The faerie guards at the gate warned us that the the portal closed each night promptly at three in the morning. I assured them that we had no intention of staying so late, but they just shrugged and motioned for us to pass.

The trip through the Market Gate was nothing like the one that had brought us to the Academy. It didn’t seem to take less time, but was rather… more direct. Still, it was a lot like stepping through a waterfall or something. The “wet” feeling of magic faded quickly, and we were suddenly all standing amidst a veritable carnival of shops, vendors, street performers and all manner of Fae entities. I think we all spent about five minutes just standing there taking it all in before a fourth-semester girl in little more than a gauze skirt laughed as she walked up to us and urged us out of the way.

“If you stand in front of the gate, you’ll get knocked down when the next group comes through.” And then she leaned in and kissed me on the mouth and went off giggling. I was stunned. It wasn’t a long kiss, but it wasn’t dry either, and damned if my lips didn’t tingle.

I brought my hand up to touch them as Candice chuckled behind me. “Well, wasn’t she the friendly one,” she offered. Then after a while she added, “Earth to Ran… hello?”

“Er… sorry,” I sputtered, my mind in a daze. I was amazed to find that my heart rate was fast and strong, and that I couldn’t get the image of the girl’s face out of my mind. I couldn’t have even said how long I had been standing there caressing my own lips.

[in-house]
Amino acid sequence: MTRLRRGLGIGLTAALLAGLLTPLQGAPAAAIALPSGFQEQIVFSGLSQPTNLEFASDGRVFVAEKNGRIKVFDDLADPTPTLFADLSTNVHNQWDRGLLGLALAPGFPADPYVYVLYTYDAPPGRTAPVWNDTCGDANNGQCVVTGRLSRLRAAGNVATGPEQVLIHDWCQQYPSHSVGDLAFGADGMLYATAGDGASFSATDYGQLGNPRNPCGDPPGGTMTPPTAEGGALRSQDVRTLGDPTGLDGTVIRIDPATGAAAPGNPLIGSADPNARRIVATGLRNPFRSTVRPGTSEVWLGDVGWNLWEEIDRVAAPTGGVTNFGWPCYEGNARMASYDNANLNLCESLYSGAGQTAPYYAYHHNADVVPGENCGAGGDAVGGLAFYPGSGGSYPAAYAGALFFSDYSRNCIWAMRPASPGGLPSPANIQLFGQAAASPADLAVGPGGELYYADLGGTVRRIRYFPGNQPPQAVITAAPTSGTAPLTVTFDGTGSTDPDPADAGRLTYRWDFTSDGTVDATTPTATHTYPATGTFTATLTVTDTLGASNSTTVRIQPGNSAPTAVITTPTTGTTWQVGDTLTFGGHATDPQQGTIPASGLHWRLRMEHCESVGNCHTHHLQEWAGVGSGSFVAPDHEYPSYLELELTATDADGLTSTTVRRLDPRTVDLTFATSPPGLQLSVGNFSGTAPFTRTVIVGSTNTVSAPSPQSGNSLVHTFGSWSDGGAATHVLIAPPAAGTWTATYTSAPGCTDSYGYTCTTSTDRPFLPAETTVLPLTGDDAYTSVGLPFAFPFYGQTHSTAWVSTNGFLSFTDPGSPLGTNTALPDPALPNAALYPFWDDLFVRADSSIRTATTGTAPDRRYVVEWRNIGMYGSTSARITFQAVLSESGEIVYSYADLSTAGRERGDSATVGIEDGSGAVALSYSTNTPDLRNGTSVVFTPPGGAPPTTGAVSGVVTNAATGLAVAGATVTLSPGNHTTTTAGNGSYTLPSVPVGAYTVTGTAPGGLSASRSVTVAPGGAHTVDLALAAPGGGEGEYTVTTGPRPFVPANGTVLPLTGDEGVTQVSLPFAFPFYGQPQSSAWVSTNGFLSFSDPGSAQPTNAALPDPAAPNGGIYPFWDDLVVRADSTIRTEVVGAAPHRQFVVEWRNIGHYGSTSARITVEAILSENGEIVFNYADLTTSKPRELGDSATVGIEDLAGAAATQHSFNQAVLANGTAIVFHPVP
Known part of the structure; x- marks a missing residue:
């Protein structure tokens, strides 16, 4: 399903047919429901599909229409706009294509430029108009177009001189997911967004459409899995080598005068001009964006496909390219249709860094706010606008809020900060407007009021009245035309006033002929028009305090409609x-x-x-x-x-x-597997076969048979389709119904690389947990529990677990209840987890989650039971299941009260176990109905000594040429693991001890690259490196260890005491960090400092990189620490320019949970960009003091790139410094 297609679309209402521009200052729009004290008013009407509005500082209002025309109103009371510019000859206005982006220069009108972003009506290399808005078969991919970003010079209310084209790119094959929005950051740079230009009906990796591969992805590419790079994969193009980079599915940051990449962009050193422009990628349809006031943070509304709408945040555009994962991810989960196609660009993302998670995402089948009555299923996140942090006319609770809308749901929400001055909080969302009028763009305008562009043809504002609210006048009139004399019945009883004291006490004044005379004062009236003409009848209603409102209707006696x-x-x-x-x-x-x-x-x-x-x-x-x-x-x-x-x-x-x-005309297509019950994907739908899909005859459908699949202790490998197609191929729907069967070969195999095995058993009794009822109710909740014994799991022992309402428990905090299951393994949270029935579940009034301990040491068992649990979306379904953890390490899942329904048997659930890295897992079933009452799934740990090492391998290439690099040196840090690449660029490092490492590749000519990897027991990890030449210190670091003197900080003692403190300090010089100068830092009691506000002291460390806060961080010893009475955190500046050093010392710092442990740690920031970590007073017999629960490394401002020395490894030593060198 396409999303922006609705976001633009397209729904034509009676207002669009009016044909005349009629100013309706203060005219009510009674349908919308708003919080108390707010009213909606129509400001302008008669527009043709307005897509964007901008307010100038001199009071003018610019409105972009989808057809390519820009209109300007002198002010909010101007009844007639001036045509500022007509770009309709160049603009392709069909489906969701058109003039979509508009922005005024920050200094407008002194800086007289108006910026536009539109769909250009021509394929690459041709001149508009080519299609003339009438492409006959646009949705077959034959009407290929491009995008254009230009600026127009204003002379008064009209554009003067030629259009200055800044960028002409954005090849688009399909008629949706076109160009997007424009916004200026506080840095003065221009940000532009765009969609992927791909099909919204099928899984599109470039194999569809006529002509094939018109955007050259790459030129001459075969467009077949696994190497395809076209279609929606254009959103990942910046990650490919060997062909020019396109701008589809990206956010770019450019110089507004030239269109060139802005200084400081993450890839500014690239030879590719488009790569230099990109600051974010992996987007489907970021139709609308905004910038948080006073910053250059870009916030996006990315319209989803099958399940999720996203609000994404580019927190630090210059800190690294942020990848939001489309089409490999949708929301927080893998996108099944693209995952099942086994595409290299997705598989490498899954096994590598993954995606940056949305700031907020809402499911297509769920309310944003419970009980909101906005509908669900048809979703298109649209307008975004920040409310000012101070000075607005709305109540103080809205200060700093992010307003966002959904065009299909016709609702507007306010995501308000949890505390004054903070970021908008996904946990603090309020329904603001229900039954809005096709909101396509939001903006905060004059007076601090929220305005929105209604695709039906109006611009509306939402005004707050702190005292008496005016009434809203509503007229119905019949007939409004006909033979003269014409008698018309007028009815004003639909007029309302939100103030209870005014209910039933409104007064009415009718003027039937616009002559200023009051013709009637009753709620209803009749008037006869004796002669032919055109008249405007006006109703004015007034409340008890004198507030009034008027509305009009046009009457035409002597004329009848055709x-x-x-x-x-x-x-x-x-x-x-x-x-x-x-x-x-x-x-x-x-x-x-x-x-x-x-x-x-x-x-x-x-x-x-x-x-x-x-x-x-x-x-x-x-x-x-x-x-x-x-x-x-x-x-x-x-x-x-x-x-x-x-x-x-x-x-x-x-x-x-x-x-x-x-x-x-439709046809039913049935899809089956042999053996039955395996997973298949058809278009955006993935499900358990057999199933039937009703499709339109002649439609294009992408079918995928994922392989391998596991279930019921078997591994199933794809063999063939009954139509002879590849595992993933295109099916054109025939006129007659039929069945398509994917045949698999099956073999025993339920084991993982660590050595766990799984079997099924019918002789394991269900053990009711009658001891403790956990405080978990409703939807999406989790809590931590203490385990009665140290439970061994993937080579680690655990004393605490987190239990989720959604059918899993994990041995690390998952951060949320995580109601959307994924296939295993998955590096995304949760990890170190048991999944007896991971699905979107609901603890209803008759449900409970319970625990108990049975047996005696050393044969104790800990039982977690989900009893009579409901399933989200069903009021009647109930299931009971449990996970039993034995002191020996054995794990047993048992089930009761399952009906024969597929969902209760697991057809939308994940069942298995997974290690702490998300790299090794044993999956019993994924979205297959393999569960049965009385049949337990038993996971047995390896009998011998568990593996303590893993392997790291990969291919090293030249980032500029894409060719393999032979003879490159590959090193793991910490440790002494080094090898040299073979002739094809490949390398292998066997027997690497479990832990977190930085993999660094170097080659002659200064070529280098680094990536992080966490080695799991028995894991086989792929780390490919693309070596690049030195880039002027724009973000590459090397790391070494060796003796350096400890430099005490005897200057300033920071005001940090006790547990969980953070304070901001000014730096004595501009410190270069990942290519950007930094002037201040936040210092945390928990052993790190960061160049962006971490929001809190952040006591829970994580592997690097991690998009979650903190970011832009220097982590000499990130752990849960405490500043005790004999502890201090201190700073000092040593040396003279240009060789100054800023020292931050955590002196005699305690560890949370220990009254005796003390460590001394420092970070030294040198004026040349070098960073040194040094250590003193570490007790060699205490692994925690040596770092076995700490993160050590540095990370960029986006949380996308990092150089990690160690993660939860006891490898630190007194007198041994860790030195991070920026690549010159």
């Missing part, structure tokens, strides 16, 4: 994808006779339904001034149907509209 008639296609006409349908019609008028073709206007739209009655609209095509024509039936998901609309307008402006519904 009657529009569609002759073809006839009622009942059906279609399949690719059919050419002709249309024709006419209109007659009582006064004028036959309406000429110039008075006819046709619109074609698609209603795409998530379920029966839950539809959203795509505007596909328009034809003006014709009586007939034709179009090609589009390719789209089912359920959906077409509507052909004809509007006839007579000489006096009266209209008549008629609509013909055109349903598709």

“Hmmm…” commented Candice, frowning. “Oh, well there’s the problem,” she said, standing in front of me. And then she did something with her hands and it felt like someone had dumped a cup of cold water over my head.

I blinked for a moment, the erotic sensations abruptly gone. “A charm?”

“Snagged you free and clear.”

“Shit,” I said, color coming to my cheeks. How could I be so damn unguarded? The others were grinning, and no doubt thought it was hilarious.

“Come on Miranda,” said Douglas, taking my arm and urging me forward. “It’s nice to see that you’re human after all. Although I’m a bit disturbed that you were so affected by a girl…”

“Oh, shut up, McBride,” I snapped back, smiling.

The Market was huge. It was like a combination of all the best malls in the human world, and a constant, twenty-four-hour a day circus or Renaissance Faire. There was something for everyone, and I could have spent days wandering around the various shops and carts and still have only seen a fraction of the place.

There were clothes shops, book shops, spell shops and carts and carts of food and drink. Douglas was constantly wanting to check the pubs, but after we almost couldn’t drag him from the first one, we forbade him to go into another unless we all agreed. He sulked, but quickly changed his tone when a cart full of books rolled past. Everyone has something that catches their fancy, and for Douglas, it’s books or beer. I have to admit, I was pretty intrigued by some of those titles myself. I wasn’t sure about some of my translations, but ‘Mola’s Guide to Spacial Translocation’ and ‘The Collected Works of Ora the Grand-Master Charmer’ looked fascinating. There were also a few that caught my attention for other reasons, like ‘Bliss Basics – Extracting Spell Power Through Orgasm’ and ‘Crafting Charms of Sexual Bindery.’ Either Douglas had failed to notice those last two, or he wasn’t able to translate them accurately. I hoped it was the latter.